There may be state, county or local laws that regulate or even prohibit hosting campers on your property. They’re typically found within zoning regulations, county ordinances, and building codes.

We expect you to comply with these laws. They can be quite confusing, and it may be difficult to interpret how they apply to your specific camping activity. So, please do research to ensure you are compliant.

Hipcamp wants to work with you and your local government to clarify these laws and create sensible new ones where they’re needed.

Be a good host


Be responsive

Help us create a good experience for Hipcampers by responding to booking requests and inquiries within 24 hours. Hipcampers are excited when requesting dates on your land, and it creates a bad experience for them when they don’t hear back from you. Our support team is always happy to help you with this if you need it.

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Communicate with the Hipcamper

Communicating with the Hipcamper before and during their stay helps them feel supported and comfortable. Make yourself available for any questions they might have, which will allow you both to have a better experience. Learn more about managing communication with Hipcampers here.

Accept booking requests

Keeping your calendar as up-to-date as possible means you won’t have to decline any booking requests. It’s discouraging to Hipcampers when dates appear to be available but actually aren’t.

Learn how you can block off dates here.

Maintain good ratings

By helping create a stress-free experience for the Hipcamper, you’ll almost always get great ratings. If the Hipcamper didn’t have a stellar time, address their concerns directly to make sure you can learn from this for the next time.

Learn how to respond to their reviews here.

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Make sure your listing is accurate

Attract the perfect Hipcampers for your land by ensuring your listing details are accurate and expectations are set. This means directions are detailed and correct, photos are representative of where the Hipcamper is staying, the description accurately sets expectations, and the amenities you offer will be available during their stay.

Be inclusive

One of Hipcamp’s core values is that diversity is strength, so we expect you to make sure that all campers regardless of race, gender, sexual orientation, political views, religion, or culture feel welcome and safe on your land.

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Respect the community

When interacting with campers, other hosts, and Hipcamp staff, treat everyone with respect and compassion. One of our core values is to leave it better, and we expect you to embody this value by having a positive impact on anyone you meet while on your journey as a Hipcamp host.

Hipcamp’s listing policies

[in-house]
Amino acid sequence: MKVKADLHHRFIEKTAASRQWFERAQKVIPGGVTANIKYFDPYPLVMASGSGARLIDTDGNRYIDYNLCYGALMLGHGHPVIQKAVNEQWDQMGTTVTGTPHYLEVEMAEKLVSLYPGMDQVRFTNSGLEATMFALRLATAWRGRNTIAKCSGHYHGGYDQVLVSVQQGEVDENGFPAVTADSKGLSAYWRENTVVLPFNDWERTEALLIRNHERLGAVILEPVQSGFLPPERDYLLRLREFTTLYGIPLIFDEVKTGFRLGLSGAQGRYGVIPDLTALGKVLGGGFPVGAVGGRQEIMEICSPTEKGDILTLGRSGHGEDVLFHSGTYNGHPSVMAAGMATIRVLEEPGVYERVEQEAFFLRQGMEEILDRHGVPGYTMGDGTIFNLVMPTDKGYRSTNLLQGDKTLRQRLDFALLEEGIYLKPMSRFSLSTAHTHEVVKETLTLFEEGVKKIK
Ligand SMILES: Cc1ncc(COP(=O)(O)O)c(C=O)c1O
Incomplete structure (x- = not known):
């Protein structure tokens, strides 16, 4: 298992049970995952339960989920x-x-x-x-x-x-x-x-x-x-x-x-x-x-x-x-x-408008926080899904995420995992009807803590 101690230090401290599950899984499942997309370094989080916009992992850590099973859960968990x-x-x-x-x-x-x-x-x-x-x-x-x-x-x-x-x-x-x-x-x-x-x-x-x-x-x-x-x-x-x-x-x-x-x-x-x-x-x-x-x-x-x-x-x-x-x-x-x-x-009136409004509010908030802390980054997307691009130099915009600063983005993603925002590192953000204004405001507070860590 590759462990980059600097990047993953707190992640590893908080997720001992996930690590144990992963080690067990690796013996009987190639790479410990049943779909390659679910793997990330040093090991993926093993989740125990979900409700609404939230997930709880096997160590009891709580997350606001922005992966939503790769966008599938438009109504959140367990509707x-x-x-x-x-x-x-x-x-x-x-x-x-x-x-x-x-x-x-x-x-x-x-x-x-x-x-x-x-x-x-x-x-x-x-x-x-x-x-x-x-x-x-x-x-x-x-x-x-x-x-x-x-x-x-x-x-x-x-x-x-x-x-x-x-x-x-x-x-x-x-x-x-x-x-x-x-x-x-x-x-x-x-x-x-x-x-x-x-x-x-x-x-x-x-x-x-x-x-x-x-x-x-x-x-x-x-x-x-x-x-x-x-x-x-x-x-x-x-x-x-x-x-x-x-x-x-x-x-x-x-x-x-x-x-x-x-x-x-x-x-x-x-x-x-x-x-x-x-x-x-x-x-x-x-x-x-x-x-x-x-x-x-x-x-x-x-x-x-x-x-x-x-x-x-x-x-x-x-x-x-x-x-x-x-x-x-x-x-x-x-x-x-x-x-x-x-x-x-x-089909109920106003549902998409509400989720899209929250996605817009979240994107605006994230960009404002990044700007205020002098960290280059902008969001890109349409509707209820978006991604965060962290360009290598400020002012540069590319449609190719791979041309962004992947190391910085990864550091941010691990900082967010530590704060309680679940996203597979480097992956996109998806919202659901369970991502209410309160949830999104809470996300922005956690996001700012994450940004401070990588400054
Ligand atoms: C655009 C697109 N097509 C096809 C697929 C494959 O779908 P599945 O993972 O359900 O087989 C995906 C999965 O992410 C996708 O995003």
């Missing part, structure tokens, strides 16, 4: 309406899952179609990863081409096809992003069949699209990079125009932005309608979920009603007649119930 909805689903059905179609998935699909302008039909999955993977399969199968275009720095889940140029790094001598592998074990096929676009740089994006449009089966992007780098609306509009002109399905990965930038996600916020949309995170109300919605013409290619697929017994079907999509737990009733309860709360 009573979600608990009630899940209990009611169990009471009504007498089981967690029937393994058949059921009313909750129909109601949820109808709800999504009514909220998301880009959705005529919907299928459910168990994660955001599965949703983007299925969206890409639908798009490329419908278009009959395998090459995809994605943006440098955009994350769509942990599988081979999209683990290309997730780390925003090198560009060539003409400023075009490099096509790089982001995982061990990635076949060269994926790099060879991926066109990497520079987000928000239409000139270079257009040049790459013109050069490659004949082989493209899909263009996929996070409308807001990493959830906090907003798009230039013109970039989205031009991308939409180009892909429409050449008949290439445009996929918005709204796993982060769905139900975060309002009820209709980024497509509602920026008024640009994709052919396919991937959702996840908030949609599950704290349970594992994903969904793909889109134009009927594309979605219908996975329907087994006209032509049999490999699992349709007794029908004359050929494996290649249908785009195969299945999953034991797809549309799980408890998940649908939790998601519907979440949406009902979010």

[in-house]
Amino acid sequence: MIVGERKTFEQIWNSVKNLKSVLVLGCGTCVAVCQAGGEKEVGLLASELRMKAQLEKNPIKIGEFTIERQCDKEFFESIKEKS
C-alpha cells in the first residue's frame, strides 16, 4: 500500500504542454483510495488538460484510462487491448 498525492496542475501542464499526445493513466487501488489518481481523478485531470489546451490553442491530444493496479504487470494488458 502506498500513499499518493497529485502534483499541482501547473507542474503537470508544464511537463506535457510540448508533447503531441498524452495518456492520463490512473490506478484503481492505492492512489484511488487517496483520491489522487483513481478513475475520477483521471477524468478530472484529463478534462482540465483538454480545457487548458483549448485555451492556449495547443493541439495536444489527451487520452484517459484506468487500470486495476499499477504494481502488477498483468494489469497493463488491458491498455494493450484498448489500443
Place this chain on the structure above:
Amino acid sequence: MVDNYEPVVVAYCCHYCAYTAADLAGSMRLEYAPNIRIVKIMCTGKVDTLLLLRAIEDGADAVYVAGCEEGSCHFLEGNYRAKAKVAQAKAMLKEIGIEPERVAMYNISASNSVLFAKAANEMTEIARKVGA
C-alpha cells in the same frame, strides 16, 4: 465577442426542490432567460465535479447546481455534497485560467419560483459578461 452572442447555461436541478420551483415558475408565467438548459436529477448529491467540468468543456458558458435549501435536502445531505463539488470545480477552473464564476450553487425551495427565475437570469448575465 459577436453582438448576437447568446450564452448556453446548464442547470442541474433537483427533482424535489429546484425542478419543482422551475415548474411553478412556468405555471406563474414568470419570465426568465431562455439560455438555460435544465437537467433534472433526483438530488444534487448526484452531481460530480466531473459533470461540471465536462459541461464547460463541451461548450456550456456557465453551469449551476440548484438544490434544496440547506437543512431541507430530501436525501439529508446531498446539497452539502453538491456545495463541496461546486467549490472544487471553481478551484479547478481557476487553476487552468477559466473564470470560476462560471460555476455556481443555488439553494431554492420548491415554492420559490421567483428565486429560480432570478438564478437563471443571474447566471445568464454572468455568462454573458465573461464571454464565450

We have a few guidelines for listing on Hipcamp to ensure our campers have the experience in nature we are promising them. We ask that Hipcamp Hosts review and comply with these guidelines before starting a listing.
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Backyards and driveways in residential areas

Small backyards (under 2 acres) and driveways in residential areas typically aren’t a fit for Hipcamp. This is because the Hipcampers are unlikely to have the space and privacy they need, especially if neighbors can see their site, and they tend not to connect the Hipcamper with nature. Further, toilets can be an issue for sites like this, as there isn’t usually enough privacy to go outside, while using your personal toilet could feel intrusive.

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Room, converted garage, or home rentals

We love that you want to share your home with Hipcampers, but we’ve found that these rentals aren’t typically what Hipcampers are searching for on our platform. This includes vacation and luxury homes, and most structures with more than one bedroom. Our whole platform is built on our mission to get more people outside, which means your listing should intend on connecting Hipcampers with nature above all. We’ve found that these types of listings aren’t directly aligned with our mission.

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Toilet options are required on smaller properties

To ensure that Hipcampers are disposing of human waste in a way that is good for the environment, human health, and compliant with local laws, you cannot list on Hipcamp if you do not offer a toilet on your property. If your land is greater than 20 acres, you do not need to offer a toilet. If you offer dry camping (RV) only, you also do not need to provide a toilet.

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One-time hosting events

As cool as your festival or one-time hosting event is, our platform is not built to support these and so we cannot allow you to list them at this time. If your land is always bookable by Hipcampers and you’re simply sharing a special event on your land through a new listing, that’s okay.

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Trailer or RV parks

At this time, our platform cannot support trailer parks. Offering RV options on your land is a fit!

We'd love for you to start hosting today.